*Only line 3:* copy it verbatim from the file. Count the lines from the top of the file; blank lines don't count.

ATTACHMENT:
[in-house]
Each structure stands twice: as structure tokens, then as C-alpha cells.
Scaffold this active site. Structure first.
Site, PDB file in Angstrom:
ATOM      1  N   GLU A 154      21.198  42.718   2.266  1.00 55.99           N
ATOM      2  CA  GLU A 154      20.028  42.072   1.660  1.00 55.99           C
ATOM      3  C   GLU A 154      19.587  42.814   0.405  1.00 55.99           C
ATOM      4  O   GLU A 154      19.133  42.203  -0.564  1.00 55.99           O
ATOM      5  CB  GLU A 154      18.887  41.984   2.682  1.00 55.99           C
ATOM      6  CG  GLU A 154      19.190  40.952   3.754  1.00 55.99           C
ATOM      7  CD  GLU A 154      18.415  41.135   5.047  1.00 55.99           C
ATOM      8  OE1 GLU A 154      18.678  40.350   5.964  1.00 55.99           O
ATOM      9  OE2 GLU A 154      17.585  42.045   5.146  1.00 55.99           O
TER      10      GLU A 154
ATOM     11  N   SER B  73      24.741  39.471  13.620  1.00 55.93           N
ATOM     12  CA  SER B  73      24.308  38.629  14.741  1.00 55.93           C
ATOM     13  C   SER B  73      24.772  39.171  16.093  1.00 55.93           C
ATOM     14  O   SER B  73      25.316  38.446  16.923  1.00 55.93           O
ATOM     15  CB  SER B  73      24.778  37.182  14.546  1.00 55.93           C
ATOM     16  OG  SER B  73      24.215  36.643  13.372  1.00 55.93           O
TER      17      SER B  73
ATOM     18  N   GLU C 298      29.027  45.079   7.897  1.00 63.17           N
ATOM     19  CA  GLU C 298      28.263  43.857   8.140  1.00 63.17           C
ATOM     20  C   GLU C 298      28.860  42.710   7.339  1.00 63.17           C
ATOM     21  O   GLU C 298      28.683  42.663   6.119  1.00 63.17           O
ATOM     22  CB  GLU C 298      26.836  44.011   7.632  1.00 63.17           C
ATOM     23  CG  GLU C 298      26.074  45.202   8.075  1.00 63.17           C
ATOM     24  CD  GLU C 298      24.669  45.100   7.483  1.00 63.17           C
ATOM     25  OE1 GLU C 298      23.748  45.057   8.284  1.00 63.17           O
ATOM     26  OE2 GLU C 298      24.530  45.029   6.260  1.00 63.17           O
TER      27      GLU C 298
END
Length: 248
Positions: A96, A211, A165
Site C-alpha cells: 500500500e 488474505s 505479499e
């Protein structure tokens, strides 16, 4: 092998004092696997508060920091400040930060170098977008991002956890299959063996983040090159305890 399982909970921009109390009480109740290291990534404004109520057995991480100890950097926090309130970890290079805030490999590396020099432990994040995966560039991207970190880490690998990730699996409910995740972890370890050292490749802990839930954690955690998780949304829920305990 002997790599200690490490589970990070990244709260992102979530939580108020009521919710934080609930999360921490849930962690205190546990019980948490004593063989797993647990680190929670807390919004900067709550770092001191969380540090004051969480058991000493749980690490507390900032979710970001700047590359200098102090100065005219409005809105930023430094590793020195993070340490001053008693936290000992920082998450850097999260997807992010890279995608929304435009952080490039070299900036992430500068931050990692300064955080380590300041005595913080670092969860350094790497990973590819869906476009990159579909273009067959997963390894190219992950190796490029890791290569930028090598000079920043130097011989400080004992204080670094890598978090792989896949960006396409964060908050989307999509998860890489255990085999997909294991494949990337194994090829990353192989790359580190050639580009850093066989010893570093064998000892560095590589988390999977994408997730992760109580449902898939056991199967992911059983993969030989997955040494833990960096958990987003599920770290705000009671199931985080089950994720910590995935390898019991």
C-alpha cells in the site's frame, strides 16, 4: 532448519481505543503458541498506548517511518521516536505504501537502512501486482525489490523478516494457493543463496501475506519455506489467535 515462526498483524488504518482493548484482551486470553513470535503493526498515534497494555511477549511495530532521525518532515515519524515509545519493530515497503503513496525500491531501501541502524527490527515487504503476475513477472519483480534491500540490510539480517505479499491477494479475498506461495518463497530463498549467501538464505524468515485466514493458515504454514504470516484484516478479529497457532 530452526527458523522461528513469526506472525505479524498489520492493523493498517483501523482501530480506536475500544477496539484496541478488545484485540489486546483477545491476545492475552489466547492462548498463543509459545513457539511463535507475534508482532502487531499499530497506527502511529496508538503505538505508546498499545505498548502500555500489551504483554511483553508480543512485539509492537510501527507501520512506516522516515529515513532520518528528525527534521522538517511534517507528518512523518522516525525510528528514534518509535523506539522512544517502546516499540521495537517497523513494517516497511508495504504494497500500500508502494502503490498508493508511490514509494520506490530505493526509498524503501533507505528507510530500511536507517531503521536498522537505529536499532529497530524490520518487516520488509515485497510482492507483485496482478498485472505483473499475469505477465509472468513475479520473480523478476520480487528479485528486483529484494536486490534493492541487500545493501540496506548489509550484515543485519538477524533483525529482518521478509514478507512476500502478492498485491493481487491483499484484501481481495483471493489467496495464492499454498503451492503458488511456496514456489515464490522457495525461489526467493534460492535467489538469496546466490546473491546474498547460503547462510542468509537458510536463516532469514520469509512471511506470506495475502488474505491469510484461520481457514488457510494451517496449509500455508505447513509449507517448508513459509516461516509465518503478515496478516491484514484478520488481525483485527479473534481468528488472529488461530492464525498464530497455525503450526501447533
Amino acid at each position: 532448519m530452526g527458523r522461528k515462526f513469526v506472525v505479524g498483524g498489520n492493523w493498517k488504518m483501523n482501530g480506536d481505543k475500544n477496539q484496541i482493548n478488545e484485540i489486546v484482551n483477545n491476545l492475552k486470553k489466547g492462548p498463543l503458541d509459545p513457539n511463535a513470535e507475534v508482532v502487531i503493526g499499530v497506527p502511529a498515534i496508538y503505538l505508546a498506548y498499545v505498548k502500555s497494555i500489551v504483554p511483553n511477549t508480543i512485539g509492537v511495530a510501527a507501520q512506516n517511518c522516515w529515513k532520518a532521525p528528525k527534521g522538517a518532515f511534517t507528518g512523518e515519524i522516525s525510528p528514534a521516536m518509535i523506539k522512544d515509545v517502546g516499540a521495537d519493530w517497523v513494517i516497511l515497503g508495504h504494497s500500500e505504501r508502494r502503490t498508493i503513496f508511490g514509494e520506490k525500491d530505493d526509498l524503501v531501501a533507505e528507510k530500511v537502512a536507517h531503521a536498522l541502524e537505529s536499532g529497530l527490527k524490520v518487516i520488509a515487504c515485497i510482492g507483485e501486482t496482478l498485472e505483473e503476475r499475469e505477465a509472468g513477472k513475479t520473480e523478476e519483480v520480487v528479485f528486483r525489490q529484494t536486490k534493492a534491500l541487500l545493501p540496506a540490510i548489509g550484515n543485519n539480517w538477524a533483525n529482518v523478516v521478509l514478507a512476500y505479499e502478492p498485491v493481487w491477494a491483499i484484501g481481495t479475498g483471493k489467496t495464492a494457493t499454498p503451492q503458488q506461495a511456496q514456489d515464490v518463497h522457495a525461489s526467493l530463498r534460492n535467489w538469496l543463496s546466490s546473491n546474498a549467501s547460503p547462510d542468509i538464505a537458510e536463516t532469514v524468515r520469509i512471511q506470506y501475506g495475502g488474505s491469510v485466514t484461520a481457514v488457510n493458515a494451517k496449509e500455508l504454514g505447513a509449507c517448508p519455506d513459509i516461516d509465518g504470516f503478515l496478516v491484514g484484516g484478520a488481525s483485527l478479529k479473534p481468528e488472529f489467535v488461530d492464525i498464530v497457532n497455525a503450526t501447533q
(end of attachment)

Scaffold this active site. Structure first.